Yesterday, I was on the clean-up crew for Not Far From the Tree‘s City Cider Day at Spadina House. There was freshly pressed apple cider galore as well as music, hands-on demonstrations and snacks. It was sunny and beautiful. As a reward for my labours (as if being in that happy environment wasn’t reward enough) I came home with 7 beautiful ears of corn – freshly picked, beautifully sweet.
As I jammed the ears into the already brimming vegetable drawer of the fridge, I gazed at the amazing bounty of vegetables that our friend shared with us from her garden and thought about all the wonderful dishes we would be eating over the coming days, weeks and months.
Last night, we had the most fabulous mashed butternut squash with a brilliant pork and red peppers stew. Later today, I’ll be making muffins made with grape jam from last year – we STILL have lots of jams and jellies from last year’s jamming sessions as well as jars and jars of this year’s peaches, peach jam and grape jam. And tonight I think we will have oven-roasted salsify, corn and beets. And tomorrow we’ll have….
Yes, we do live well, don’t we?
As I basked, I couldn’t help thinking about the fact that we are the fortunate ones. We can choose to eat alone. Or we can choose to share. Sometimes, we choose to have three meals a day as well as a few snacks. Maybe too many snacks. And other times, we choose to have just two meals a day rather than three.
And then I began to think about the thousands of people who don’t have that choice. They would feel fortunate to be in the position to share – just to have even one meal a day!
Let’s choose to share. Let’s each of us make much more of an effort to share our bounty with everyone.
I came across the following today when wandering around on the internet:
12.4 million people need urgent humanitarian assistance in Djibouti, Kenya, Somalia and Ethiopia. Famine has been declared in five regions of South Central Somalia and refugees continue to flee into Kenya and Ethiopia. UN Secretary-General Ban Ki Moon has made a global appeal for everyone to do what they can to bridge the US$1.1 billion still required by aid agencies to reduce the loss of life.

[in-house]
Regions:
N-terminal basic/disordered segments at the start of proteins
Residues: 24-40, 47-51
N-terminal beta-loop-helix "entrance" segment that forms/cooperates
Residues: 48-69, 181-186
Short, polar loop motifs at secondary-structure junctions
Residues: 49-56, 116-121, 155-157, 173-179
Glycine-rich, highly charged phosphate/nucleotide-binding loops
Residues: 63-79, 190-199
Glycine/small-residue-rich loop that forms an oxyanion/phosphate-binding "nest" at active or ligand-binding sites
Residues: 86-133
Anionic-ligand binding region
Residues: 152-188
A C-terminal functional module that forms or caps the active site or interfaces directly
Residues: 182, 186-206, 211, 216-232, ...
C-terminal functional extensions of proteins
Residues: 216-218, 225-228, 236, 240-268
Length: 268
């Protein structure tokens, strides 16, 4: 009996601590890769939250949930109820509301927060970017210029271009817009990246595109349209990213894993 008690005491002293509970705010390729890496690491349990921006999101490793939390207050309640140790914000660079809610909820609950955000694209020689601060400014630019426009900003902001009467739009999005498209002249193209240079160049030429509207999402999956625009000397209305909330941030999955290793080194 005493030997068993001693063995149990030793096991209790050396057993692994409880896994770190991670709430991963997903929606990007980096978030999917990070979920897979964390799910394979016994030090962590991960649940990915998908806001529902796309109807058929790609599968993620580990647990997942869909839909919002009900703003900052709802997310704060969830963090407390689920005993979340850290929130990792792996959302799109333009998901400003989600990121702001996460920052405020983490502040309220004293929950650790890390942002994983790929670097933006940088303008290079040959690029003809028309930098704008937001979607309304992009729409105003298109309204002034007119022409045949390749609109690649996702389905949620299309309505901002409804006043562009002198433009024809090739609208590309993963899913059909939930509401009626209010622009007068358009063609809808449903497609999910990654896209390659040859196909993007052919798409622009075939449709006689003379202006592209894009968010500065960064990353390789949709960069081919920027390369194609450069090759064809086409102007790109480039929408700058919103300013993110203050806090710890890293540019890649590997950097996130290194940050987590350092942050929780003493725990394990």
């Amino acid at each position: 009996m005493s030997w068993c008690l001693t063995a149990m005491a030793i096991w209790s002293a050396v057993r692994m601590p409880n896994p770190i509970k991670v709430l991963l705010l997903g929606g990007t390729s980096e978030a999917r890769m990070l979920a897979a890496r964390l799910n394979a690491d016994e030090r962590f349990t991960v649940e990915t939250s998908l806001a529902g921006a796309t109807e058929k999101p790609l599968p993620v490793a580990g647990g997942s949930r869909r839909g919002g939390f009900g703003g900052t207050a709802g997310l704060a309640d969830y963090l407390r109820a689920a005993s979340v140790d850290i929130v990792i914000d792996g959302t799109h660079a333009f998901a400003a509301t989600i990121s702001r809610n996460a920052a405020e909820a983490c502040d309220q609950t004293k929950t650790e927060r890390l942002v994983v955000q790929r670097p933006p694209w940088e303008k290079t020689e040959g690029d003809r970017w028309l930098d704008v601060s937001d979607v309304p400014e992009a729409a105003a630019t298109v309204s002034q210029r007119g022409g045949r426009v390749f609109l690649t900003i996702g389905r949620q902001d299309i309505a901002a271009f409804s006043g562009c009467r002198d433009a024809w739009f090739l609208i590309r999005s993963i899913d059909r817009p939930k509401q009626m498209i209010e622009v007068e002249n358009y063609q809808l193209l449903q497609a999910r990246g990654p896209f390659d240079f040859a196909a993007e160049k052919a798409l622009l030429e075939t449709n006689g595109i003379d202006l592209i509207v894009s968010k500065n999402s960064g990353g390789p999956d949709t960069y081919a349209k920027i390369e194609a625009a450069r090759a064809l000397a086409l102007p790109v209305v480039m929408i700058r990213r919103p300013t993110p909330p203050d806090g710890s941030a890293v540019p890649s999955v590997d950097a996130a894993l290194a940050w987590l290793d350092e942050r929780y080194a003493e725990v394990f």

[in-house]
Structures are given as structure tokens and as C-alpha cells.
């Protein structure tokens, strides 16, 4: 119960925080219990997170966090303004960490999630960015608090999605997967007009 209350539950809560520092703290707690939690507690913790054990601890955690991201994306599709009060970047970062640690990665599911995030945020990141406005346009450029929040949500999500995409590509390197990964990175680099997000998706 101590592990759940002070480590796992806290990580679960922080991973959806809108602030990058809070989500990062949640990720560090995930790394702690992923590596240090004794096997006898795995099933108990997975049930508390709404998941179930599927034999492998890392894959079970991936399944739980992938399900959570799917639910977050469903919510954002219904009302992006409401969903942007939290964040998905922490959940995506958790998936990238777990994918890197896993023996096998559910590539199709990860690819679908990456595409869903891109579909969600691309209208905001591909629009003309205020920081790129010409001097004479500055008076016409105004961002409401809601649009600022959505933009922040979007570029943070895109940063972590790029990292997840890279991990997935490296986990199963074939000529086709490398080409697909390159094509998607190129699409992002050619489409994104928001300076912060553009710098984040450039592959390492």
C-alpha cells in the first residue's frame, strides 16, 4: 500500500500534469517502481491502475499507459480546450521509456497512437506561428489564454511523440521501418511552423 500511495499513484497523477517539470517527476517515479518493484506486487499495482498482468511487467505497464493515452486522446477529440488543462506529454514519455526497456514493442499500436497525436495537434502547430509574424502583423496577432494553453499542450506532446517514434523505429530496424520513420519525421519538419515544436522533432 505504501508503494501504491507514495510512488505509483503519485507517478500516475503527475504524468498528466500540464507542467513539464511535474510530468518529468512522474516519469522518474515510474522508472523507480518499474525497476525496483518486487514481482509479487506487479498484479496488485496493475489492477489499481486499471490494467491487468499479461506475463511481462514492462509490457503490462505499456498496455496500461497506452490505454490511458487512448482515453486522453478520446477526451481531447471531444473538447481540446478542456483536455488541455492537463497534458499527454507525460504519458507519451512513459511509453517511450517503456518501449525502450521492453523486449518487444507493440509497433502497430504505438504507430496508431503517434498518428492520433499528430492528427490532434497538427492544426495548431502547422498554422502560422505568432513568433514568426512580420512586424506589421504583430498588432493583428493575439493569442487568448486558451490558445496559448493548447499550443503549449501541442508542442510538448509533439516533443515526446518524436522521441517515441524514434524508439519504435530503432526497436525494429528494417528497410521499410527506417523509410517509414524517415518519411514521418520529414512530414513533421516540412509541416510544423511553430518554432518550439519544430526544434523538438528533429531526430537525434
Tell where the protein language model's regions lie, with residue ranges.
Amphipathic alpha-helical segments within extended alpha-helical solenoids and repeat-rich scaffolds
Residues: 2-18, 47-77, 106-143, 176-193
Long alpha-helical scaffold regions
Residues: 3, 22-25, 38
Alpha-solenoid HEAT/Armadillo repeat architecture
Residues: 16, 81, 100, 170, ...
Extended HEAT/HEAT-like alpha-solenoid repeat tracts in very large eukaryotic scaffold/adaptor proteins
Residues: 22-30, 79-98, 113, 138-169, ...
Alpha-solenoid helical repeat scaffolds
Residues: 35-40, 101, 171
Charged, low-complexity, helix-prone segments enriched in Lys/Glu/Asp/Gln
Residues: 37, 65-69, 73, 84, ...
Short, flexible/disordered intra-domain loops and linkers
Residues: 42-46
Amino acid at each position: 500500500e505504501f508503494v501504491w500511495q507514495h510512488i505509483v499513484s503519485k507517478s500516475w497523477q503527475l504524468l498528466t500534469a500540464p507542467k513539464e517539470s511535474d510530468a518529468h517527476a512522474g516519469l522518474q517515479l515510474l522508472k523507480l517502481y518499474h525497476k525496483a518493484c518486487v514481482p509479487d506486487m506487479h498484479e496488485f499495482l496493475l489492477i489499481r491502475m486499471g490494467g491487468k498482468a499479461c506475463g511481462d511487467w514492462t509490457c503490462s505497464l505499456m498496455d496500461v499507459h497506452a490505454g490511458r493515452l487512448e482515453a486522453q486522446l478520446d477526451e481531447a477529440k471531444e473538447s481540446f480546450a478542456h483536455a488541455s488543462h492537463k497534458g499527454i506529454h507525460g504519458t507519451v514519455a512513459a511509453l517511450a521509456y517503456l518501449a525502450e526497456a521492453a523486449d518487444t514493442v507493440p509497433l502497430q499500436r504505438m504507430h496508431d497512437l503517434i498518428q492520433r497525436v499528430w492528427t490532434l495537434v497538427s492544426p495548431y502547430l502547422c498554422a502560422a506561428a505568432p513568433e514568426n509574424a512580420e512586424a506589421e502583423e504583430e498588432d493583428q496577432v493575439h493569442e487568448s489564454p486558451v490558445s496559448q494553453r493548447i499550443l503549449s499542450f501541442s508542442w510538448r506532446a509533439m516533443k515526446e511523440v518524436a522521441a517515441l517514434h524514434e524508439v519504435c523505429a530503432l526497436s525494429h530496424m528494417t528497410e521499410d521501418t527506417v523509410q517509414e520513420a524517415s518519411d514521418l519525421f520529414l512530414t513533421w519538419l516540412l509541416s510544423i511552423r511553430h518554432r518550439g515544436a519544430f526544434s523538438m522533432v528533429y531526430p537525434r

According to the latest Food and Agriculture Organization (FAO) statistics, there are 925 million hungry people in the world […] They are distributed like this:
578 million in Asia and the Pacific
239 million in Sub-Saharan Africa
53 million in Latin America and the Caribbean
37 million in the Near East and North Africa
– UN World Food Programme: Who are the Hungry?
There is enough food in the world today for everyone to have the nourishment necessary for a healthy and productive life. […]
Today, one in seven people do not get enough food to be healthy and lead an active life, making hunger and malnutrition the number one risk to health worldwide – greater than AIDS, malaria and tuberculosis combined.
– UN World Food Programme: Hunger FAQs
Please remember that there are increasingly more impoverished and chronically hungry people everywhere in the world. Obviously, for most of us, it’s counter-productive for us to send our extra vegetables. But we can spare some of our cash. There are many reputable organizations working to feed the hungry. Here are just a few possibilities. Please look in your community for others:
- Daily Bread Foodbank
- Second Harvest
- Grocery Foundation: Toonies for Tummies
- Food Banks Canada
- Action Against Hunger
- Freedom from Hunger
- The Global FoodBanking Network
- The Hunger Project
- Relief Web: Global Food Crisis
- UN World Food Programme:
» Bloggers Against Hunger fighting hunger worldwide
» WeFeedBack wefeedback.org/ sharing food, changing lives
- World Vision Give a Gift
Please remember when giving your donations to ensure that the relief agency you have chosen already has operations set up in the area. Also, it’s a good idea to ask their advice about whether it is best to specify “greatest need” on your donation. They know best where the moneys really need to go.
And don’t forget about these sites online.
“Not Far From the Tree” is a Toronto organization that includes a residential fruit-picking program to pick fruit (with permission, of course) that would otherwise go to waste.
When a homeowner can’t keep up with the abundant harvest produced by their tree, they let us know and we mobilize our volunteers to pick the bounty. The harvest is split three ways: 1/3 is offered to the tree owner, 1/3 is shared among the volunteers, and 1/3 is delivered by bicycle to be donated to food banks, shelters, and community kitchens in the neighbourhood so that we’re putting this existing source of fresh fruit to good use. It’s a win-win-win situation!
Do you have a fruit tree or two on your property that you would like to share? For more information on how you can donate your time and/or share your fruit, please go to
(If you have something to add or say about stopping world hunger, please remember to post your thoughts and ideas on your blog, facebook, at work, etc. etc.)